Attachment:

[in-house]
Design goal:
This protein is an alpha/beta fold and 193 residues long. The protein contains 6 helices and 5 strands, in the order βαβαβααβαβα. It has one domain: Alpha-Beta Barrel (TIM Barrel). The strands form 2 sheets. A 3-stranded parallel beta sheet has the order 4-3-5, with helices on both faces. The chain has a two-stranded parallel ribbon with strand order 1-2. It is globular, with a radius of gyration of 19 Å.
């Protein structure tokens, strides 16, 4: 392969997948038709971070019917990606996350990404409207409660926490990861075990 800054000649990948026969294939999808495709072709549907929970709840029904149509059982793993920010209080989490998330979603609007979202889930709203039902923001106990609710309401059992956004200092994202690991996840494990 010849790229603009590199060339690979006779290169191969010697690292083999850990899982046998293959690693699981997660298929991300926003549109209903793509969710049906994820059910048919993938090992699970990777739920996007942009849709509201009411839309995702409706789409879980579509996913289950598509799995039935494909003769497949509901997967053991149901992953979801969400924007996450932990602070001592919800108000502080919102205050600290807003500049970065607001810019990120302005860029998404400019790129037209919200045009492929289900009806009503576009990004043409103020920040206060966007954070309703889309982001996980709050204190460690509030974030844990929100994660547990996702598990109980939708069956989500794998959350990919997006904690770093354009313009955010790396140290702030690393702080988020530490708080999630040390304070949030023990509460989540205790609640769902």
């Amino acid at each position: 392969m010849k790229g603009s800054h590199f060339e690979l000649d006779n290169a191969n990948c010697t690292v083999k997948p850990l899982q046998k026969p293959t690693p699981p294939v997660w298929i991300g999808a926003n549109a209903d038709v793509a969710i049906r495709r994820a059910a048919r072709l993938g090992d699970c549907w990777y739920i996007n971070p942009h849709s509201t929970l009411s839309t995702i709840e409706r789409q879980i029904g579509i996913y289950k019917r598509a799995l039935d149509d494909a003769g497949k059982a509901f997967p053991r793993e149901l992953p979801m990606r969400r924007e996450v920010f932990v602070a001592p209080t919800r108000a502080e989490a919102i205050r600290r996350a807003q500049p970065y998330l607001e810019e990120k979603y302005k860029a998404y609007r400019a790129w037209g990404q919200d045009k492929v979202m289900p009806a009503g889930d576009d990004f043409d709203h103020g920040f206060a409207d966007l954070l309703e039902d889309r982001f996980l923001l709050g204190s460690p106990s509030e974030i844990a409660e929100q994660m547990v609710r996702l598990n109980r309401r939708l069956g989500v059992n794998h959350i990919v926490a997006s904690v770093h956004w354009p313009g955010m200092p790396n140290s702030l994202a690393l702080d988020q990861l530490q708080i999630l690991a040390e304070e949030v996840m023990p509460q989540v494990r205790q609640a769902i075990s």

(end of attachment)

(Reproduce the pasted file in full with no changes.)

[in-house]
Design goal:
This protein is an alpha/beta fold and 193 residues long. The protein contains 6 helices and 5 strands, in the order βαβαβααβαβα. It has one domain: Alpha-Beta Barrel (TIM Barrel). The strands form 2 sheets. A 3-stranded parallel beta sheet has the order 4-3-5, with helices on both faces. The chain has a two-stranded parallel ribbon with strand order 1-2. It is globular, with a radius of gyration of 19 Å.
């Protein structure tokens, strides 16, 4: 392969997948038709971070019917990606996350990404409207409660926490990861075990 800054000649990948026969294939999808495709072709549907929970709840029904149509059982793993920010209080989490998330979603609007979202889930709203039902923001106990609710309401059992956004200092994202690991996840494990 010849790229603009590199060339690979006779290169191969010697690292083999850990899982046998293959690693699981997660298929991300926003549109209903793509969710049906994820059910048919993938090992699970990777739920996007942009849709509201009411839309995702409706789409879980579509996913289950598509799995039935494909003769497949509901997967053991149901992953979801969400924007996450932990602070001592919800108000502080919102205050600290807003500049970065607001810019990120302005860029998404400019790129037209919200045009492929289900009806009503576009990004043409103020920040206060966007954070309703889309982001996980709050204190460690509030974030844990929100994660547990996702598990109980939708069956989500794998959350990919997006904690770093354009313009955010790396140290702030690393702080988020530490708080999630040390304070949030023990509460989540205790609640769902």
């Amino acid at each position: 392969m010849k790229g603009s800054h590199f060339e690979l000649d006779n290169a191969n990948c010697t690292v083999k997948p850990l899982q046998k026969p293959t690693p699981p294939v997660w298929i991300g999808a926003n549109a209903d038709v793509a969710i049906r495709r994820a059910a048919r072709l993938g090992d699970c549907w990777y739920i996007n971070p942009h849709s509201t929970l009411s839309t995702i709840e409706r789409q879980i029904g579509i996913y289950k019917r598509a799995l039935d149509d494909a003769g497949k059982a509901f997967p053991r793993e149901l992953p979801m990606r969400r924007e996450v920010f932990v602070a001592p209080t919800r108000a502080e989490a919102i205050r600290r996350a807003q500049p970065y998330l607001e810019e990120k979603y302005k860029a998404y609007r400019a790129w037209g990404q919200d045009k492929v979202m289900p009806a009503g889930d576009d990004f043409d709203h103020g920040f206060a409207d966007l954070l309703e039902d889309r982001f996980l923001l709050g204190s460690p106990s509030e974030i844990a409660e929100q994660m547990v609710r996702l598990n109980r309401r939708l069956g989500v059992n794998h959350i990919v926490a997006s904690v770093h956004w354009p313009g955010m200092p790396n140290s702030l994202a690393l702080d988020q990861l530490q708080i999630l690991a040390e304070e949030v996840m023990p509460q989540v494990r205790q609640a769902i075990s």